The Ratinger Straße, © Markus Luigs

Stone im Rat­inger Hof

Mi­cro­cosm of the mu­sic scene

“Although the Ratinger Hof really was a tiny venue, you knew that when you performed there, played a concert in the Hof, that you’d somehow made it. It might sound absurd. But that’s often how it was”, explains Gabi Delgado, singer and text writer from the electronic music band DAF, who today performs as a solo electro/techno artist. Few clubs are so shrouded in legend and are so connected to the emergence of an entire pop scene as the Ratinger Hof. This small club with its bright neon lights became the centre of the Düsseldorf music and art scene from the end of the 1970s. Here, performances by early punk bands Male and Charley’s Girls inspired others to take up playing themselves. Here, electronic pioneers such as Liaisons Dangereuses or DAF developed their raw aesthetic. Here, Der Plan and the Fehlfarben, for example, invented German-language pop texts using a mixture of poetry, Dadaism and double meaning. Within the Ratinger Hof environment, an independent label that defined a genre, Ata Tak, was created, and suddenly, in the early 1980s, hits such as the ska song “Ein Jahr (Es geht voran)” by Fehlfarben emerged from the Ratinger Hof scene. Artists from the Kunstakademie were regular guests, and they were influenced by the punks, as the punks were by them. The book by Rüdiger Esch, “Electri_City”, describes many of these most important moments. It is incredible to find out how small this highly influential scene actually was, and how often the bands who played on one night returned as members of the audience. And even today, there are big differences in the way this scene is perceived. For some, the Ratinger Hof is the real birthplace of innovative, independent German-language rock and punk music. For others, the memory of the conflict-prone atmosphere within the scene is stronger. As Jürgen Engler, who at that time was a member of Male, explains: “With the Ratinger Hof, we had the CBGB of Düsseldorf. In the old city, everything was concentrated into a microcosm in which the whole world met and forged plans. At first, it was like having a home outside. But there was also an extreme level of competitiveness in the scene. I don’t know where that came from. There was a lot of sneering and there wasn’t much collaboration. I think it’s because the scene overall was pretty German: this competitiveness, this snide attitude, this wanting to be part of an elite, and criticising others. It also destroyed quite a lot.” Perhaps it was these tensions in the Ratinger Hof that triggered so much creativity, but which also meant that by the mid-1980s, the great years of the Ratinger Hof had already come to an end. Today, the building has changed. At the historic site, you’ll now find an alternative club with occasional punk concerts.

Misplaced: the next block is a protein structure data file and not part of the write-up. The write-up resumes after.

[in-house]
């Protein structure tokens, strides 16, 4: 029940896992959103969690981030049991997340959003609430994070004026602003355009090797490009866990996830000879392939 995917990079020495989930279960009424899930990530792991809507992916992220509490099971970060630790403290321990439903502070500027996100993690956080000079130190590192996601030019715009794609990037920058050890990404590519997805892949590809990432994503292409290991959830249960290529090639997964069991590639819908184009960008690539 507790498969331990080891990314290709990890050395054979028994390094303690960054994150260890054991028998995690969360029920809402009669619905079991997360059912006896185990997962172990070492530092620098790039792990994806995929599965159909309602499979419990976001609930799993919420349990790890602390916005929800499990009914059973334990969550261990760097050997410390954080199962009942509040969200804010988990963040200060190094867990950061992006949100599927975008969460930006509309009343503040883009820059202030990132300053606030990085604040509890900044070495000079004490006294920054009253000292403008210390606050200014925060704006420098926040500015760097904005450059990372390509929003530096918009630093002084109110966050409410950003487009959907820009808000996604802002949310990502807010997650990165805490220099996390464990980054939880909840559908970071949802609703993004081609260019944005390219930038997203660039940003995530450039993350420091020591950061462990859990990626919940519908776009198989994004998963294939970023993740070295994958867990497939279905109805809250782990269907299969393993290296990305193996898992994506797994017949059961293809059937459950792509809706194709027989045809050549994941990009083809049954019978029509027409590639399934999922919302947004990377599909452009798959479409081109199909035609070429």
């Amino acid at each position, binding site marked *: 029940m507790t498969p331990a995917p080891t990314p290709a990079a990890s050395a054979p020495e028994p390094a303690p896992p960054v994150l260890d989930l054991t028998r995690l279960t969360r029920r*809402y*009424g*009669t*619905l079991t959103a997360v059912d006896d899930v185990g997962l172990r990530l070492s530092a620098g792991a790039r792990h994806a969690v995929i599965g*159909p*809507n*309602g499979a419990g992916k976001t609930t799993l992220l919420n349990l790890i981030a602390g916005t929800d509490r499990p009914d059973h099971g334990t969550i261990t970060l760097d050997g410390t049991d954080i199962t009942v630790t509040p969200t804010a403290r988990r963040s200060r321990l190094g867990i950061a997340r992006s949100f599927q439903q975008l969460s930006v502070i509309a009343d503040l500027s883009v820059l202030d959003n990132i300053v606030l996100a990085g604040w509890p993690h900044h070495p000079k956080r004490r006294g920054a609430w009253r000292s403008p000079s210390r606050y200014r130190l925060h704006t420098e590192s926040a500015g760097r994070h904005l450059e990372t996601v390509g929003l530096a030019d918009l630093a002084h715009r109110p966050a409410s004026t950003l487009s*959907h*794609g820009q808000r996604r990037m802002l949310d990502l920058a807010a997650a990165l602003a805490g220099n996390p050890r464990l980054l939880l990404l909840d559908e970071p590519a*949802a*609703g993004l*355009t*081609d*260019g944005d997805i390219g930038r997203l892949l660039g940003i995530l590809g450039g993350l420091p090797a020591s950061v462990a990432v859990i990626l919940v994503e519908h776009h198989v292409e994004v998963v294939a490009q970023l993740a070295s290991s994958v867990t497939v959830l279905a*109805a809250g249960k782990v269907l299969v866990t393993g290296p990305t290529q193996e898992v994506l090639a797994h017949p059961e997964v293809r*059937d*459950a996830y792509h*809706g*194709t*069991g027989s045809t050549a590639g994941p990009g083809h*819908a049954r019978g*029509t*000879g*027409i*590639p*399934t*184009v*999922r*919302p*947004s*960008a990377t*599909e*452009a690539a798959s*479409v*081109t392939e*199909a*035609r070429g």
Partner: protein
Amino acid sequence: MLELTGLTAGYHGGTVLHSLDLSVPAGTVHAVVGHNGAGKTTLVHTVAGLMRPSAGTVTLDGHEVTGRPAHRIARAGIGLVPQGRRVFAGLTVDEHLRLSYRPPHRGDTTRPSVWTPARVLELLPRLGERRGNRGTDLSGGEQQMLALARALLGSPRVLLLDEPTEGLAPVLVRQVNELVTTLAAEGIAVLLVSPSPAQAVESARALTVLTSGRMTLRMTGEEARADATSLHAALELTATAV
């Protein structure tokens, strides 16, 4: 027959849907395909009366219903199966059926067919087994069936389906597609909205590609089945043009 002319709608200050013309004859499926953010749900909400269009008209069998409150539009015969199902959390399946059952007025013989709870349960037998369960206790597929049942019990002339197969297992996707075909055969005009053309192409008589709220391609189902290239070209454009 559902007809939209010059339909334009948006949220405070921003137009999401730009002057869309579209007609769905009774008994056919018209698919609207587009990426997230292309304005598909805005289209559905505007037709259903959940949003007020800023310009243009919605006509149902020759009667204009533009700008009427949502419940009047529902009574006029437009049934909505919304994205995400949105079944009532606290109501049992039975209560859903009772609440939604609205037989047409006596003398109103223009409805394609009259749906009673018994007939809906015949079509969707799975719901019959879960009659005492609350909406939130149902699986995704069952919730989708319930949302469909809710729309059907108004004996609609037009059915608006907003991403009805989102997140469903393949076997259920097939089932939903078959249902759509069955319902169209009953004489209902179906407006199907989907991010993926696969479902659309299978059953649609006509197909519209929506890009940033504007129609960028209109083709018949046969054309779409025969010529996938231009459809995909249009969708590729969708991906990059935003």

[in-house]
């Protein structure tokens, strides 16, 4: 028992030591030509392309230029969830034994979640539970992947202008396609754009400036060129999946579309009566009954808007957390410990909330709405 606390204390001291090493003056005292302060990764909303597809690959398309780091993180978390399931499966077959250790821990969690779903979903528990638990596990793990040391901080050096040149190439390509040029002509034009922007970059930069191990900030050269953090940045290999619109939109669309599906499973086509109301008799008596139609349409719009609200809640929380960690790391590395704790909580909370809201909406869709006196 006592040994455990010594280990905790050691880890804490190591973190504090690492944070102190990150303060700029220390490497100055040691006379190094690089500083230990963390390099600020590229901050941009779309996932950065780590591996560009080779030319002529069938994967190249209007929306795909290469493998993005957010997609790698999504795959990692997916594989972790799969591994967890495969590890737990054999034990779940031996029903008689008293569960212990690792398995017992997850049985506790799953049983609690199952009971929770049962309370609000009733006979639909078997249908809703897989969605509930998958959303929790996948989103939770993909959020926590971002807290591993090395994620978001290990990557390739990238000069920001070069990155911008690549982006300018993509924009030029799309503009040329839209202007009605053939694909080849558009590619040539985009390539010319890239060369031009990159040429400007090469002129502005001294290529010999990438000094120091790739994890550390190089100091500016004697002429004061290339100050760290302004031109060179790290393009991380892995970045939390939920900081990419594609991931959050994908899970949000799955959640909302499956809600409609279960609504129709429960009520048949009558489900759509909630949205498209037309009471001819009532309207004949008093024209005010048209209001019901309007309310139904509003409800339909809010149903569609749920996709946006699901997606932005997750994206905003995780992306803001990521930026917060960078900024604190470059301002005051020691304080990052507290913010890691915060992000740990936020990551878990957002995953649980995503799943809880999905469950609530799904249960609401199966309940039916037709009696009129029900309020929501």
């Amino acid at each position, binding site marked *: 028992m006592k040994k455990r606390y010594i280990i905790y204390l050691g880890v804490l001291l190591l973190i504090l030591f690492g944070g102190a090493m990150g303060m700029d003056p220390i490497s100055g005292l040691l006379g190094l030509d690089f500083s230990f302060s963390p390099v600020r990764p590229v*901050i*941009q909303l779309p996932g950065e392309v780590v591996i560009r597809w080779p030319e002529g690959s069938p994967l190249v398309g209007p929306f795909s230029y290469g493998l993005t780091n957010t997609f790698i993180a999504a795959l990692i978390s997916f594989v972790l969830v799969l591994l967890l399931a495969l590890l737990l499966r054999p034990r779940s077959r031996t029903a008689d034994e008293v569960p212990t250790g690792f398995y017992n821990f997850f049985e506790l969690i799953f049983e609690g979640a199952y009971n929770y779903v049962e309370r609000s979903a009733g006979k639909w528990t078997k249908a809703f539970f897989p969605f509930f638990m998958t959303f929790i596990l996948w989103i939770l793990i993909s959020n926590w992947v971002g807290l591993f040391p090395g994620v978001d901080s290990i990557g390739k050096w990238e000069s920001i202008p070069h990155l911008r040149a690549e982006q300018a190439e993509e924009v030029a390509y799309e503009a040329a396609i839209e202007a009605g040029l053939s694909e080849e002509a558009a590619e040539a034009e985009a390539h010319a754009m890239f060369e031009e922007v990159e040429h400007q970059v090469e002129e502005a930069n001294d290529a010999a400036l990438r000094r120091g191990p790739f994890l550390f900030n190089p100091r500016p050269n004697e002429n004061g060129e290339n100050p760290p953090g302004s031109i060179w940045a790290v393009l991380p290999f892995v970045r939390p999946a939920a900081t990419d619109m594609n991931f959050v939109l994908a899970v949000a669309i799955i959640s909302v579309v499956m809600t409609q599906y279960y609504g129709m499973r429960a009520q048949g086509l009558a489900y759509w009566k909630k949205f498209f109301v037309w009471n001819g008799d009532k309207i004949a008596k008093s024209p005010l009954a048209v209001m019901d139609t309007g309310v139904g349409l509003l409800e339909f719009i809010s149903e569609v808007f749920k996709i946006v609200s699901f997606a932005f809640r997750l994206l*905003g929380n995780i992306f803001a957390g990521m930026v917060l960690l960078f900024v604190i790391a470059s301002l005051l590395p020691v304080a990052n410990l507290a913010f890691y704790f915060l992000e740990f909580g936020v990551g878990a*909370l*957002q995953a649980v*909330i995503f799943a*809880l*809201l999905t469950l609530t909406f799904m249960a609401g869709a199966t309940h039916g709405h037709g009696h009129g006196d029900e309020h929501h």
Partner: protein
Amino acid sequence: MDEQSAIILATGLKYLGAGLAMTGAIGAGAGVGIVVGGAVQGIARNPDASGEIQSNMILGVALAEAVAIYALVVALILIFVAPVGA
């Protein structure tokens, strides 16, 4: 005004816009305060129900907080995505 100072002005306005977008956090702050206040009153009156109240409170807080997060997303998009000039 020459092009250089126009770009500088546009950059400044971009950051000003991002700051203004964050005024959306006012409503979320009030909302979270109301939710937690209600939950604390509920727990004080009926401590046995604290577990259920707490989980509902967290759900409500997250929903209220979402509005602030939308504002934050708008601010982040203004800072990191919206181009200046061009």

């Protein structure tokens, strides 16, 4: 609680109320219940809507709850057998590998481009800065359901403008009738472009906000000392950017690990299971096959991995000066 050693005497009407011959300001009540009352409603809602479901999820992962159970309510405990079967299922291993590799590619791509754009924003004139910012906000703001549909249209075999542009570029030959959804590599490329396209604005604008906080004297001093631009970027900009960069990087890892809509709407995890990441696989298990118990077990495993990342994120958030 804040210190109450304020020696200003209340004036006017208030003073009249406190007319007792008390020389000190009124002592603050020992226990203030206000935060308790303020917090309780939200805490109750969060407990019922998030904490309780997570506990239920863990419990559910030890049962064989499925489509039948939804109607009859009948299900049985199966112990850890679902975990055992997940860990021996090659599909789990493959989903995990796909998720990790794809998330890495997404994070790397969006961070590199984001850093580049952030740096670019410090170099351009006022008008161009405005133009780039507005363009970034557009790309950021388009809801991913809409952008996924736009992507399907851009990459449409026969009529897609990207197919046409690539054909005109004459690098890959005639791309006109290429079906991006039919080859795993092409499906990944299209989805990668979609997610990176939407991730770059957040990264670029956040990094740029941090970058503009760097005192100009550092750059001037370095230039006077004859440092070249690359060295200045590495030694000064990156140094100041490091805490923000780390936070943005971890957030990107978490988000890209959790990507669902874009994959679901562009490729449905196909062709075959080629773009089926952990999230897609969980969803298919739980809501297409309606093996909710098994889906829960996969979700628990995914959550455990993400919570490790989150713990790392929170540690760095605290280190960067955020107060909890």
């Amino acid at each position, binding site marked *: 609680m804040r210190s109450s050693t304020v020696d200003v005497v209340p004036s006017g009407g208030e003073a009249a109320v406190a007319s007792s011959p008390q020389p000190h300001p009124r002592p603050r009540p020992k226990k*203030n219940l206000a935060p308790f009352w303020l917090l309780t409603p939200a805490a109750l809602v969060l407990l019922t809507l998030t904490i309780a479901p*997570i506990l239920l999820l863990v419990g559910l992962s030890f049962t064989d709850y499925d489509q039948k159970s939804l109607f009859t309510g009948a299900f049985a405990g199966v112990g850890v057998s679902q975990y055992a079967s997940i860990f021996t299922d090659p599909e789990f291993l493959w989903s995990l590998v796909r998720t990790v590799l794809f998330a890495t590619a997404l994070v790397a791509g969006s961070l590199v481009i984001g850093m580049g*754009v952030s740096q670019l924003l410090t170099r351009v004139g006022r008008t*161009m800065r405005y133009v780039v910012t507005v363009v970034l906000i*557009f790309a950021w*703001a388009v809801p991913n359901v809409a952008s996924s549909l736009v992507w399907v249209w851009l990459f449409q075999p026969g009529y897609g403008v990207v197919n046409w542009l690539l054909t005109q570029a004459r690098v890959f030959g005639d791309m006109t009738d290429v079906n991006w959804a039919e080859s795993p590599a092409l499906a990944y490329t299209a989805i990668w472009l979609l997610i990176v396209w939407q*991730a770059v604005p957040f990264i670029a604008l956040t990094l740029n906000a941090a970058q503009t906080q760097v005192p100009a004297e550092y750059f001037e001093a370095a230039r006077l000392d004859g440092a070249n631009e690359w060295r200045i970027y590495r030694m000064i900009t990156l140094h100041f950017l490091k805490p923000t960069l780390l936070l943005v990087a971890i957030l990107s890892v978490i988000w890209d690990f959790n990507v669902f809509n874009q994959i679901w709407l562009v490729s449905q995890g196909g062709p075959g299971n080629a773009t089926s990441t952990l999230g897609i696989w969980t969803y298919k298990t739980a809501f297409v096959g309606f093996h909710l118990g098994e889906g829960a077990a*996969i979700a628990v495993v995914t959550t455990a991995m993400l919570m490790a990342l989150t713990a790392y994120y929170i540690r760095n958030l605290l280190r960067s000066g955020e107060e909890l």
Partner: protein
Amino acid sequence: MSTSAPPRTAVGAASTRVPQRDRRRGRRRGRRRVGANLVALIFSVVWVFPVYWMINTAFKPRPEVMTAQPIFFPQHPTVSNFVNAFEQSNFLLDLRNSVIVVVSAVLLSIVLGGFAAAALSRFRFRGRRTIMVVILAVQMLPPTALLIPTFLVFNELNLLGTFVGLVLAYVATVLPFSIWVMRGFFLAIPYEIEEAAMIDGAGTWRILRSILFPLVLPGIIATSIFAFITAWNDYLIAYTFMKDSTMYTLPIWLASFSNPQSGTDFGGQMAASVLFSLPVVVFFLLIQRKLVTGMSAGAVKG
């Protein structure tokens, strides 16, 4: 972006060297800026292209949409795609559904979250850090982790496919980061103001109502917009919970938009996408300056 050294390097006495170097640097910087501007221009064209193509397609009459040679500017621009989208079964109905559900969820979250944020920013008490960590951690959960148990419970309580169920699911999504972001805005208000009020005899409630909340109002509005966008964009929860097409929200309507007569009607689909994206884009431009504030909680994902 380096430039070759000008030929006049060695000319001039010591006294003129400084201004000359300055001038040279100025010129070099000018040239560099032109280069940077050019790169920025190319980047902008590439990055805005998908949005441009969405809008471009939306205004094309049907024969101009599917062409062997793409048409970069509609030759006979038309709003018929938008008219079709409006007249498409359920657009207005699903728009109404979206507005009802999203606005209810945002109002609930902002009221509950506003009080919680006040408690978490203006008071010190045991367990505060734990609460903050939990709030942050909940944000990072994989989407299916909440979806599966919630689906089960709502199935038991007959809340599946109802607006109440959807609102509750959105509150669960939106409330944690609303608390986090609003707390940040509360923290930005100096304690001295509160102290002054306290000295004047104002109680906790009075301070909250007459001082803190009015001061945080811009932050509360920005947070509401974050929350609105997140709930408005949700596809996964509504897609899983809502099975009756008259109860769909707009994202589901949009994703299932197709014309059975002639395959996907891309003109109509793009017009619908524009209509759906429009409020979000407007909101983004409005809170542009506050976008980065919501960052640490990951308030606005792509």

Further Information:
Stone im Ratinger Hof
Ratinger Str. 10, 40213 Düsseldorf

Campino, © Paul Ripke

Campino on the Rat­inger Hof